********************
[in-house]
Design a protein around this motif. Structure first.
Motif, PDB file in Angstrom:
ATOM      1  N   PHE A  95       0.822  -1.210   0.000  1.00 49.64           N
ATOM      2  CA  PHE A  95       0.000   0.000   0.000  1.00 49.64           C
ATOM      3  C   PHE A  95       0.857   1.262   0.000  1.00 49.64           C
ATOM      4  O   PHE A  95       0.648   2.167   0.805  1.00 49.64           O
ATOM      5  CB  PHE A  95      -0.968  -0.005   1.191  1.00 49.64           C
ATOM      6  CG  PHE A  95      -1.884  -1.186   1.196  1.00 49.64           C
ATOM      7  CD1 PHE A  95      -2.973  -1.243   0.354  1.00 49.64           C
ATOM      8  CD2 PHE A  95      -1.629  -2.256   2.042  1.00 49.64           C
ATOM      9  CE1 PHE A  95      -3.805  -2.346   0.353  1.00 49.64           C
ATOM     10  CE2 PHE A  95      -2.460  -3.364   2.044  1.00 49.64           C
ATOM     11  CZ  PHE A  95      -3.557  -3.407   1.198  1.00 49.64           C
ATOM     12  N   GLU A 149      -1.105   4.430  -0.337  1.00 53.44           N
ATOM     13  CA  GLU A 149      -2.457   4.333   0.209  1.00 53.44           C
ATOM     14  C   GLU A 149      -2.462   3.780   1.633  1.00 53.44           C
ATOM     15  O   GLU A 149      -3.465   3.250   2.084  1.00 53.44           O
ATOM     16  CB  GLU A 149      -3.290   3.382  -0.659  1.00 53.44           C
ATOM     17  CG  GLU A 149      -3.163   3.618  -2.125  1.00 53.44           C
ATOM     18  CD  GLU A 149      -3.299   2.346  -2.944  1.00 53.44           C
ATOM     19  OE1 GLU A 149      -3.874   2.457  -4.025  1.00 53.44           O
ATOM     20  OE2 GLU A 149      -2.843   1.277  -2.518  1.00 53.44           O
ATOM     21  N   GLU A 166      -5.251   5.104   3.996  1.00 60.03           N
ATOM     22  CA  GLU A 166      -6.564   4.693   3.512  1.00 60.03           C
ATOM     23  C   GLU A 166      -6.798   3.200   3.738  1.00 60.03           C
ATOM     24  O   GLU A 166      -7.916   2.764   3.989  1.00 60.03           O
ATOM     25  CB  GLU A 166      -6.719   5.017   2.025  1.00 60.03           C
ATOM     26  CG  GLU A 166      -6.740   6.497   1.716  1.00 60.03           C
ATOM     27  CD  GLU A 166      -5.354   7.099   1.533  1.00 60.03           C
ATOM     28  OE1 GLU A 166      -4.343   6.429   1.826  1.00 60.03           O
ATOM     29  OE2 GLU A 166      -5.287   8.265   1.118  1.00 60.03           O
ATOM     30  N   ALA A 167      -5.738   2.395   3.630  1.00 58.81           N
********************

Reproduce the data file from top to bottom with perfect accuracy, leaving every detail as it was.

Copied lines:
[in-house]
Design a protein around this motif. Structure first.
Motif, PDB file in Angstrom:
ATOM      1  N   PHE A  95       0.822  -1.210   0.000  1.00 49.64           N
ATOM      2  CA  PHE A  95       0.000   0.000   0.000  1.00 49.64           C
ATOM      3  C   PHE A  95       0.857   1.262   0.000  1.00 49.64           C
ATOM      4  O   PHE A  95       0.648   2.167   0.805  1.00 49.64           O
ATOM      5  CB  PHE A  95      -0.968  -0.005   1.191  1.00 49.64           C
ATOM      6  CG  PHE A  95      -1.884  -1.186   1.196  1.00 49.64           C
ATOM      7  CD1 PHE A  95      -2.973  -1.243   0.354  1.00 49.64           C
ATOM      8  CD2 PHE A  95      -1.629  -2.256   2.042  1.00 49.64           C
ATOM      9  CE1 PHE A  95      -3.805  -2.346   0.353  1.00 49.64           C
ATOM     10  CE2 PHE A  95      -2.460  -3.364   2.044  1.00 49.64           C
ATOM     11  CZ  PHE A  95      -3.557  -3.407   1.198  1.00 49.64           C
ATOM     12  N   GLU A 149      -1.105   4.430  -0.337  1.00 53.44           N
ATOM     13  CA  GLU A 149      -2.457   4.333   0.209  1.00 53.44           C
ATOM     14  C   GLU A 149      -2.462   3.780   1.633  1.00 53.44           C
ATOM     15  O   GLU A 149      -3.465   3.250   2.084  1.00 53.44           O
ATOM     16  CB  GLU A 149      -3.290   3.382  -0.659  1.00 53.44           C
ATOM     17  CG  GLU A 149      -3.163   3.618  -2.125  1.00 53.44           C
ATOM     18  CD  GLU A 149      -3.299   2.346  -2.944  1.00 53.44           C
ATOM     19  OE1 GLU A 149      -3.874   2.457  -4.025  1.00 53.44           O
ATOM     20  OE2 GLU A 149      -2.843   1.277  -2.518  1.00 53.44           O
ATOM     21  N   GLU A 166      -5.251   5.104   3.996  1.00 60.03           N
ATOM     22  CA  GLU A 166      -6.564   4.693   3.512  1.00 60.03           C
ATOM     23  C   GLU A 166      -6.798   3.200   3.738  1.00 60.03           C
ATOM     24  O   GLU A 166      -7.916   2.764   3.989  1.00 60.03           O
ATOM     25  CB  GLU A 166      -6.719   5.017   2.025  1.00 60.03           C
ATOM     26  CG  GLU A 166      -6.740   6.497   1.716  1.00 60.03           C
ATOM     27  CD  GLU A 166      -5.354   7.099   1.533  1.00 60.03           C
ATOM     28  OE1 GLU A 166      -4.343   6.429   1.826  1.00 60.03           O
ATOM     29  OE2 GLU A 166      -5.287   8.265   1.118  1.00 60.03           O
ATOM     30  N   ALA A 167      -5.738   2.395   3.630  1.00 58.81           N